Get Out of Jail Free
Originally published March 2009
The last time Ragtime tied up at my local marina, I wandered down to the dock, admired the varnish, and grinned at the dinky cabin. But most of all I admired the audacity of those long, skinny, hard-chined lines drawn by New Zealander John Spencer a few years before the boat, as Infidel, was denied entry to the 1967 Sydney–Hobart Race. For safety reasons. Plywood hull, indeed.
Now, some 150,000 miles later and carrying the name that became a legend in Pacific Ocean racing—back-to-back line honors in the Transpac, 1973 and 1975—Ragtime has come away from the latest Rolex Sydney–Hobart with a division win, after winning last summer’s Los Angeles–Tahiti Race and then cruising on south.
Back at my local, I gave those gleaming topsides a loving pat. Not many boats affect me this way. Dorade, Bolero, Windward Passage—that’s my shortlist.
What sets such boats apart? History, but there are other famous boats. There’s something more, something that twangs the heartstrings, that tells you this boat has stories in her bones, that she is damned near alive. How else to explain the Chris Welsh phenomenon, Welsh being the passionate Californian who in 2004 rescued Ragtime via a sheriff’s auction? “You had to go through barbed-wire fences and guard dogs,” he says. “The boat was chained, surrounded by impounded fishing boats—in jail.”
In 2009 “Rags” is better than new, with updated keel and rudder and a crack crew who went into the Hobart race braced for a tough go. Welsh got his thrills early on. He describes the start: “The fleet is split, with two lines [forward and behind] about 500 yards apart. This leaves the first-line fleet circling in a small box—supermaxis Wild Oats and Skandia searing through at 15 knots—and nothing in four years of Ragtime starts has been as adrenaline-charged, scary-fast, over the top; Hobart is the crystal meth of racing starts.”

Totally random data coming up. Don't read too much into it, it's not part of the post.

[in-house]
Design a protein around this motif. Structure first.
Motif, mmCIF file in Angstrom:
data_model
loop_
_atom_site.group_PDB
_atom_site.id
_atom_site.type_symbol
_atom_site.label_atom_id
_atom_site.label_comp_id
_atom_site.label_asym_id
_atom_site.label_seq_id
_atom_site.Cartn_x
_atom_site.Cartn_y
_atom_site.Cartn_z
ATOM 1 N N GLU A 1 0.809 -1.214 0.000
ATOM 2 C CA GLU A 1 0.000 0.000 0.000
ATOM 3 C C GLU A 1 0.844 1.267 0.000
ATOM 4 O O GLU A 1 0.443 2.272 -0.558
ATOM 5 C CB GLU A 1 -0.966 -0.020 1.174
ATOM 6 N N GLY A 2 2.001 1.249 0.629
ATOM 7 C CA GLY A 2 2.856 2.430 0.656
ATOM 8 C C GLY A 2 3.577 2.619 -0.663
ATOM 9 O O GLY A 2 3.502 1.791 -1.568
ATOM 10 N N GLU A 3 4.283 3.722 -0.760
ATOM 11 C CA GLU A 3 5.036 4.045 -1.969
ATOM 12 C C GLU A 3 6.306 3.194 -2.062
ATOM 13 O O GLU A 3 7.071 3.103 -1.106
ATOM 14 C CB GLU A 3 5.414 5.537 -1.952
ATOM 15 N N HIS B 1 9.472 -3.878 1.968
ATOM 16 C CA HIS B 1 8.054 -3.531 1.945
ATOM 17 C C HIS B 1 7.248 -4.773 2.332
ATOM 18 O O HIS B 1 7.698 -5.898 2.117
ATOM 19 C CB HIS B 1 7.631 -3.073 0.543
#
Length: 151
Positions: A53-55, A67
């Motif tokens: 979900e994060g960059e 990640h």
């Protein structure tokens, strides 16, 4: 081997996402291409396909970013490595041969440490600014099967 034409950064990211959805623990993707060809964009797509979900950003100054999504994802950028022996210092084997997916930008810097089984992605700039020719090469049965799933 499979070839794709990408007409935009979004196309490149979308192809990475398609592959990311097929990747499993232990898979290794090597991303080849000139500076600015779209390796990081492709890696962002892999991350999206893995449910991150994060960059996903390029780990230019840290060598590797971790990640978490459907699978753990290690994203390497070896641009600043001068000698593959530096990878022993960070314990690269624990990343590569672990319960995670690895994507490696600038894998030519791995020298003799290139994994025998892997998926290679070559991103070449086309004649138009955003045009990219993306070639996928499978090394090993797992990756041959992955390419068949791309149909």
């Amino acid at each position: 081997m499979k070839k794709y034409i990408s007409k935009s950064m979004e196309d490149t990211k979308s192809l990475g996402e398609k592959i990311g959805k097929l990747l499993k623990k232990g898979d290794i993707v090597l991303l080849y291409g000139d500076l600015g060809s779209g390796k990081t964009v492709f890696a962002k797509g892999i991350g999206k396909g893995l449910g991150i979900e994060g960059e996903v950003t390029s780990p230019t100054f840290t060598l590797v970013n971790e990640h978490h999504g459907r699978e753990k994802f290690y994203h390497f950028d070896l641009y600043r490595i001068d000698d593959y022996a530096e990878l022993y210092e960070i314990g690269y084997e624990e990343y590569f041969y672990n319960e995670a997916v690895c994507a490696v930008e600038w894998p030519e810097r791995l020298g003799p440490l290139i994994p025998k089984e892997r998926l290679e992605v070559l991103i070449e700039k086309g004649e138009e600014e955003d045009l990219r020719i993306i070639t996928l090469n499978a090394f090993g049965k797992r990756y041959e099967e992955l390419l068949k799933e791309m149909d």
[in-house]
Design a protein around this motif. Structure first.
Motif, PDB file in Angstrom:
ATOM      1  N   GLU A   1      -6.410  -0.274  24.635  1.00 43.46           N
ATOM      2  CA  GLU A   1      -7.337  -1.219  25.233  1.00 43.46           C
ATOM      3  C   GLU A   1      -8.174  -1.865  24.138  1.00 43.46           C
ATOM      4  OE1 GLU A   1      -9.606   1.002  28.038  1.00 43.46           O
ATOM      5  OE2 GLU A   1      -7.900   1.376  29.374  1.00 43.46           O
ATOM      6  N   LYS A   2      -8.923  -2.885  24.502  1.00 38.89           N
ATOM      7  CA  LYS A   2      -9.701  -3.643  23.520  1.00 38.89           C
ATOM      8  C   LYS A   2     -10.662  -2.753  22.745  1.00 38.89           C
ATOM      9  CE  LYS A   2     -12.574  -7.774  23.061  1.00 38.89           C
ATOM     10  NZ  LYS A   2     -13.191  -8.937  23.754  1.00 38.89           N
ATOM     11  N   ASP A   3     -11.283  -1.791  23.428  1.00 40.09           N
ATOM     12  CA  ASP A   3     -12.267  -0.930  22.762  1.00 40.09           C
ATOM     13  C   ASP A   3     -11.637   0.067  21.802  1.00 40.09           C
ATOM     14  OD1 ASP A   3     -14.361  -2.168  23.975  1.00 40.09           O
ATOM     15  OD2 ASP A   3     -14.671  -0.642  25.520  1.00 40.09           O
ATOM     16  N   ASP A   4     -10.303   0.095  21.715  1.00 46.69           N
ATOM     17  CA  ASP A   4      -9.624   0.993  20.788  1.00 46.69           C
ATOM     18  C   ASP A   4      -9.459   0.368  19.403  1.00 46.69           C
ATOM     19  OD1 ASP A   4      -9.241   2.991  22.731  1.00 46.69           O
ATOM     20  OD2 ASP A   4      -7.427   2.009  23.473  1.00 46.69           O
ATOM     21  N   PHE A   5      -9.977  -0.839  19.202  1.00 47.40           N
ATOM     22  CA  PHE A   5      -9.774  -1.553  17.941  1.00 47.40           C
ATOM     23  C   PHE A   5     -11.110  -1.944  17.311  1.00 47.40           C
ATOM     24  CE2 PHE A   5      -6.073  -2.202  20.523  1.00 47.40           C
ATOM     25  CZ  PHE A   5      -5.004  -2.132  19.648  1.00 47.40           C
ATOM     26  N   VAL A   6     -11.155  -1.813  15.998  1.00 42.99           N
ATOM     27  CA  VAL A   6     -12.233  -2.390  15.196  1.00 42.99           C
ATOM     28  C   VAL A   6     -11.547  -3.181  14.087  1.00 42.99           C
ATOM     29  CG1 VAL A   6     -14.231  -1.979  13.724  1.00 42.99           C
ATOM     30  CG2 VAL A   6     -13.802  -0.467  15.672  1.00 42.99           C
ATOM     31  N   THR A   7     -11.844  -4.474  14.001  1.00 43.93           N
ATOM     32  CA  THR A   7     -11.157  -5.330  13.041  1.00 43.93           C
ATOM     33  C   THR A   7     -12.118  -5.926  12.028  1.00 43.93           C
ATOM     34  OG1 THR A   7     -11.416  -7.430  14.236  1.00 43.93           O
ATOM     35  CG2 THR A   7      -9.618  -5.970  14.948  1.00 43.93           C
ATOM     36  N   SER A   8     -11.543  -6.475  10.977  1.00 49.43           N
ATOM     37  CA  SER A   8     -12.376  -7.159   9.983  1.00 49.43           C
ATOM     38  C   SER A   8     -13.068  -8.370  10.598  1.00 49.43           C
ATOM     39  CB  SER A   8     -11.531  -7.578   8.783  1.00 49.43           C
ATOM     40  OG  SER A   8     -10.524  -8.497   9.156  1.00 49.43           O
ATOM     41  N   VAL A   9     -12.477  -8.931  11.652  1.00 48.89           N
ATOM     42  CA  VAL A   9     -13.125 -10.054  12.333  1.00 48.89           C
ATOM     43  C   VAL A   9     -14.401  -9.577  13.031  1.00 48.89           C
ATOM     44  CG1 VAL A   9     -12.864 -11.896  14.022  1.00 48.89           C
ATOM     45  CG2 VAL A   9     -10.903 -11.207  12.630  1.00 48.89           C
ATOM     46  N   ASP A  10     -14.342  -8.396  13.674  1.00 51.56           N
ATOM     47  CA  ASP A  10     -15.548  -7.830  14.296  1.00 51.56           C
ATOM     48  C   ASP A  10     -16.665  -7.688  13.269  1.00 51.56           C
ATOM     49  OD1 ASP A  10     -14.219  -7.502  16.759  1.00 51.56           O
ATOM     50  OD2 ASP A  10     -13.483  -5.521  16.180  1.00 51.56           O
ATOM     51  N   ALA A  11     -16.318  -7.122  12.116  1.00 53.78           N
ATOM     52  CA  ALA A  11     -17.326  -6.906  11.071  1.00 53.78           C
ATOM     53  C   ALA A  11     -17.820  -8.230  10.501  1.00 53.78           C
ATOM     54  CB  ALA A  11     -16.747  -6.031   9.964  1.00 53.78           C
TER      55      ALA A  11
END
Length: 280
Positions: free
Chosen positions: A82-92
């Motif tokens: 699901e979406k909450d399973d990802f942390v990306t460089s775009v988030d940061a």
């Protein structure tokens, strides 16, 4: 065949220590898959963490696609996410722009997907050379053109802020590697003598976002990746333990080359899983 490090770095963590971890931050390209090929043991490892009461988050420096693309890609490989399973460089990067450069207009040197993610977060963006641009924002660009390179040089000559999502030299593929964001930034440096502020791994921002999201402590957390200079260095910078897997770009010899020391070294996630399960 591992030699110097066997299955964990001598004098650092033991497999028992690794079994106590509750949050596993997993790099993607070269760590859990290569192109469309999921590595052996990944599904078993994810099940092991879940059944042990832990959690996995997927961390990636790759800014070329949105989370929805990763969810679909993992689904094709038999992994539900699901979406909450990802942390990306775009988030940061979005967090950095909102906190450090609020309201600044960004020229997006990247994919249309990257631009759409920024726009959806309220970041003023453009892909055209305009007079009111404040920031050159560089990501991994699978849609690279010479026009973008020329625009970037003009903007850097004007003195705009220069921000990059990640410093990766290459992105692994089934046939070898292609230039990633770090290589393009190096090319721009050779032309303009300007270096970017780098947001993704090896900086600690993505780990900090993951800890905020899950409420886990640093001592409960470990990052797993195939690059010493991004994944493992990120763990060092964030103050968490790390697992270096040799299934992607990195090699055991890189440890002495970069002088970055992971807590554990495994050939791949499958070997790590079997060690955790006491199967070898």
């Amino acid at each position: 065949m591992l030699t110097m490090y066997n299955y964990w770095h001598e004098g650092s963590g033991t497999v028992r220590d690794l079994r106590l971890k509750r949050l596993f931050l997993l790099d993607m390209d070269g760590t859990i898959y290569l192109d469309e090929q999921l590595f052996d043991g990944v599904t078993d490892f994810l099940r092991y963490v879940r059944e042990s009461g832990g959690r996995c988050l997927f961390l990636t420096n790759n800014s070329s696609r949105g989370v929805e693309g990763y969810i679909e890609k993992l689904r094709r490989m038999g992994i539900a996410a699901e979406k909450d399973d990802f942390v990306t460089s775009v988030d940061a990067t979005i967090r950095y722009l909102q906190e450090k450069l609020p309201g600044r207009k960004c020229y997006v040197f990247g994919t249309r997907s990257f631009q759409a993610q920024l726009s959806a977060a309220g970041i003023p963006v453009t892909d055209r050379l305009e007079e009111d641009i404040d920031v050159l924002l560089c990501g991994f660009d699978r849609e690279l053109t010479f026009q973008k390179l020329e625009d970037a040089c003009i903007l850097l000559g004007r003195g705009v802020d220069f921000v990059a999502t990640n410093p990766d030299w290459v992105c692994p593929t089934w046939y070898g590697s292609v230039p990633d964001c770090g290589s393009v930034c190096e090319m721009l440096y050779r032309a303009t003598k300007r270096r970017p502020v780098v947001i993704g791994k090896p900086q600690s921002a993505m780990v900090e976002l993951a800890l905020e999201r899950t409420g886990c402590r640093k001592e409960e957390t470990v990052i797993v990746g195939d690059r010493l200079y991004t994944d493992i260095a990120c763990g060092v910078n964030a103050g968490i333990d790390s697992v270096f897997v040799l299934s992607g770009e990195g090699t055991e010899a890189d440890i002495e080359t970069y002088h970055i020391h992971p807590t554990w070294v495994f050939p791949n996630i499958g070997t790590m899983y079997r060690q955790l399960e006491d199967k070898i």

This Down Under classic being famous for breaking boats, fair-weather sailors might get a grin out of (Morning Light movie veteran) Genny Tulloch’s recollection that “We never saw the gnarly stuff; the max breeze was probably at 40 knots.” Peak downwind boatspeed, 26.5, from a 1963 design. Oh yes, and there were the blown sails, the bowman wave-washed into the winches and put out of commission—stuff like that. Shifting down to the storm jib, Welsh notes, “happened at exactly 40 degrees South. Welcome to the Roaring 40s.”
To which we add, Welcome back to center stage, Ragtime.